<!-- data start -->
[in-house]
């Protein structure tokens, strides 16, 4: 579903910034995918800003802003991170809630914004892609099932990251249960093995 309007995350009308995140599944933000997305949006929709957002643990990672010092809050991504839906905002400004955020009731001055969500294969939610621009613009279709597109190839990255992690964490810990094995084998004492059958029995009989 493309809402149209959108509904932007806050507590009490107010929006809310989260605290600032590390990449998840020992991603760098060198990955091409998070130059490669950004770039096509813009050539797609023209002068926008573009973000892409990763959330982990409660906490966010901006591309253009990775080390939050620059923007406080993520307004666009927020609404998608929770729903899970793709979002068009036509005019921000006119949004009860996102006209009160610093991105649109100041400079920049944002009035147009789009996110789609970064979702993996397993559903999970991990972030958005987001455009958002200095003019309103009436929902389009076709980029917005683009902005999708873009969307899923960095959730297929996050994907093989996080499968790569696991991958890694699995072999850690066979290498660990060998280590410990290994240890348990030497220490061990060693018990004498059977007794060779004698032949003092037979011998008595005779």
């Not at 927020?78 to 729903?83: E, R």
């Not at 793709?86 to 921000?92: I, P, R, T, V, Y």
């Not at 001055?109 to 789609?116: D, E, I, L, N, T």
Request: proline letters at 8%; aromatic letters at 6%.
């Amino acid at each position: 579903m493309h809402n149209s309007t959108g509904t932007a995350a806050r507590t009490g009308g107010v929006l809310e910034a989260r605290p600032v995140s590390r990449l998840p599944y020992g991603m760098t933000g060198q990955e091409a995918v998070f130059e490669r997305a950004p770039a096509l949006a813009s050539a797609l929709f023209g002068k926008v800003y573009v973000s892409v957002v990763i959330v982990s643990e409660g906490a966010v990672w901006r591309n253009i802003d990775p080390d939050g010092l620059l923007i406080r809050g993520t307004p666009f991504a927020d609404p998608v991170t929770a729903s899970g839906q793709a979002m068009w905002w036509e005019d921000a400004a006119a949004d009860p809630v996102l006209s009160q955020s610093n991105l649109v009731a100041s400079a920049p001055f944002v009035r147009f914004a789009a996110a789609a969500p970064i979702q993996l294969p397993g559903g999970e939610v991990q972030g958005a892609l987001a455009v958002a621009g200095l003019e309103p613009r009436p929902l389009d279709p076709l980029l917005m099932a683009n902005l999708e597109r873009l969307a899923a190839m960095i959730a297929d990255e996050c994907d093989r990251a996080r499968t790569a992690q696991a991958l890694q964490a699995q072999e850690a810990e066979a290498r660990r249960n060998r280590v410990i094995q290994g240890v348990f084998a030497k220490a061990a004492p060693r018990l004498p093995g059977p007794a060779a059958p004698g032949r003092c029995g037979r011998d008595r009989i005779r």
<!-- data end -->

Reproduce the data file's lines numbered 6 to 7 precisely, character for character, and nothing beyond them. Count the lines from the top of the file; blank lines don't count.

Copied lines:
Request: proline letters at 8%; aromatic letters at 6%.
């Amino acid at each position: 579903m493309h809402n149209s309007t959108g509904t932007a995350a806050r507590t009490g009308g107010v929006l809310e910034a989260r605290p600032v995140s590390r990449l998840p599944y020992g991603m760098t933000g060198q990955e091409a995918v998070f130059e490669r997305a950004p770039a096509l949006a813009s050539a797609l929709f023209g002068k926008v800003y573009v973000s892409v957002v990763i959330v982990s643990e409660g906490a966010v990672w901006r591309n253009i802003d990775p080390d939050g010092l620059l923007i406080r809050g993520t307004p666009f991504a927020d609404p998608v991170t929770a729903s899970g839906q793709a979002m068009w905002w036509e005019d921000a400004a006119a949004d009860p809630v996102l006209s009160q955020s610093n991105l649109v009731a100041s400079a920049p001055f944002v009035r147009f914004a789009a996110a789609a969500p970064i979702q993996l294969p397993g559903g999970e939610v991990q972030g958005a892609l987001a455009v958002a621009g200095l003019e309103p613009r009436p929902l389009d279709p076709l980029l917005m099932a683009n902005l999708e597109r873009l969307a899923a190839m960095i959730a297929d990255e996050c994907d093989r990251a996080r499968t790569a992690q696991a991958l890694q964490a699995q072999e850690a810990e066979a290498r660990r249960n060998r280590v410990i094995q290994g240890v348990f084998a030497k220490a061990a004492p060693r018990l004498p093995g059977p007794a060779a059958p004698g032949r003092c029995g037979r011998d008595r009989i005779r």